LOS ANGELES -- Two more bodies were found Saturday in the burned wreckage of an apartment building where a small private plane crashed, raising the death toll to four, officials said. Seven people on the ground were injured, one critically.
Officials did not know if the bodies were those of passengers in the plane or residents of the apartment building, said coroner's investigator Mario Sainz. Authorities said Friday's crash was believed to be an accident, but the cause had not been determined.
Emergency workers picked through the wreckage for possible victims Saturday, but Fire Capt. Bill Wick said all 17 people believed to have been inside the 15-unit building had been accounted for.
Residents also began returning to retrieve their belongings, saying they were grateful to be alive.
Kevin Du Toit, 28, picked up clothing and medicine for his two young sons, along with family photos, including his wedding album. He had been at work when the plane hit.
His children, ages 2 and 3, normally would have been napping in the apartment at the time, but their mother had taken them to a park.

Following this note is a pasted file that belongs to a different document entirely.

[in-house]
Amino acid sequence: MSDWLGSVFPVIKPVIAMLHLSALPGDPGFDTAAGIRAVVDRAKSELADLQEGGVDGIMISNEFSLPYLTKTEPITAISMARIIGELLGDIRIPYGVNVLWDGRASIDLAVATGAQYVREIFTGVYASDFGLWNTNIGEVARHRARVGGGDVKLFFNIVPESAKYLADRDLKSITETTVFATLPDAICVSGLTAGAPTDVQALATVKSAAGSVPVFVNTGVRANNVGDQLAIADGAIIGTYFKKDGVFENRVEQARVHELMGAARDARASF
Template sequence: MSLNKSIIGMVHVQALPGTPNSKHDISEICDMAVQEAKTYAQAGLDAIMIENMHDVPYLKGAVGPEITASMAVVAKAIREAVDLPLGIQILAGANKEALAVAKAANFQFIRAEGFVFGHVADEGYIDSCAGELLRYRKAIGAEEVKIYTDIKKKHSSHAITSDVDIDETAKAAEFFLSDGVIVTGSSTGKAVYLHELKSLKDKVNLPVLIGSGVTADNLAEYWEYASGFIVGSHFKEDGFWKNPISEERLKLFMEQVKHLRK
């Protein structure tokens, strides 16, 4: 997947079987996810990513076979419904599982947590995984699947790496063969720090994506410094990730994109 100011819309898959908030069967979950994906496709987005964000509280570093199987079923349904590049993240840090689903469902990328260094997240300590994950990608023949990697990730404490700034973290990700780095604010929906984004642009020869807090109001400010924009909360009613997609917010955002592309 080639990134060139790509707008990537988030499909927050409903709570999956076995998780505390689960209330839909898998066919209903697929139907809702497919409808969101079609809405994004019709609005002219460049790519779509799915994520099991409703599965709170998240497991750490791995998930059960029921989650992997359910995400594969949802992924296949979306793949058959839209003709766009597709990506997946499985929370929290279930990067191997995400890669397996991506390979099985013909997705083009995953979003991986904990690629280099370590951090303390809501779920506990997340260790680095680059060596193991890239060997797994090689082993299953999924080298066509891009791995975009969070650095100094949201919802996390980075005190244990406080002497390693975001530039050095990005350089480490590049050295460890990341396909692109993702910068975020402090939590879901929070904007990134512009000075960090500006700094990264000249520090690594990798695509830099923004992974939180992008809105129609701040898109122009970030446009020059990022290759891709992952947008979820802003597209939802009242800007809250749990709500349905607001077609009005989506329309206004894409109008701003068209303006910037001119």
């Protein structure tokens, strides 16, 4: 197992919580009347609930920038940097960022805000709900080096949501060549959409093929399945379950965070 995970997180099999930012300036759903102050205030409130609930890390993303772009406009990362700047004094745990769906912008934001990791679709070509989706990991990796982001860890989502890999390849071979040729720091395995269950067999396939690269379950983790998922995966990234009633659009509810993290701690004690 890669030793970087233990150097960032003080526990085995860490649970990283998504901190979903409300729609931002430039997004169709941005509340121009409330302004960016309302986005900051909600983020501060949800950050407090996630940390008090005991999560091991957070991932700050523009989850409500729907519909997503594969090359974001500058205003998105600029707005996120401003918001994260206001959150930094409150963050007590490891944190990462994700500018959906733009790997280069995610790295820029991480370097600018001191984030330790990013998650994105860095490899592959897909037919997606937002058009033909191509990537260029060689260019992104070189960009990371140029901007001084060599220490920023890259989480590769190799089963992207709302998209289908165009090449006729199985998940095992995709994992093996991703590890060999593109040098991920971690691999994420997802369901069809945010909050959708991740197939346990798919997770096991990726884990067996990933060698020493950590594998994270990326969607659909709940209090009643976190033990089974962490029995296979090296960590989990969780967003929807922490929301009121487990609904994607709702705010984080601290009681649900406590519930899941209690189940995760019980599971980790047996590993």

"It's a great day. It's a blessing. It's a miracle, that's what it is," he said. "Because my kids should have been sleeping, and their bedroom is right next to where the plane went straight through."
Without explanation and without reporting any problems to the control tower, the plane plunged nose-first into the building about a block from Fairfax High School, where kids were playing on the field, and not far from a synagogue and an area of trendy shops.
The crash terrified residents in Fairfax district, an area of quiet, older neighborhoods and trendy shopping areas near West Hollywood.
Larry McQuillen returned to his smoke-smeared apartment and carried out a plastic bag filled with clothing. McQuillen said he was reading a book in bed when the plane hit.
"Big explosions shook the building -- actually snapped off my door frames," he recalled. "I opened the door and there was fire toward the front of the hallway. We grabbed the dogs and got out."
The plane was believed to be a six-seat, single-engine aircraft that took off from Santa Monica Airport about 10 miles away, said Federal Aviation Administration spokesman Donn Walker.
National Transportation Safety Board investigator Tealeye Cornejo said no flight recorder had been found in the wreckage and investigators did not yet know who owned the plane, believed to be a single-engine Beechcraft Bonanza BE-36.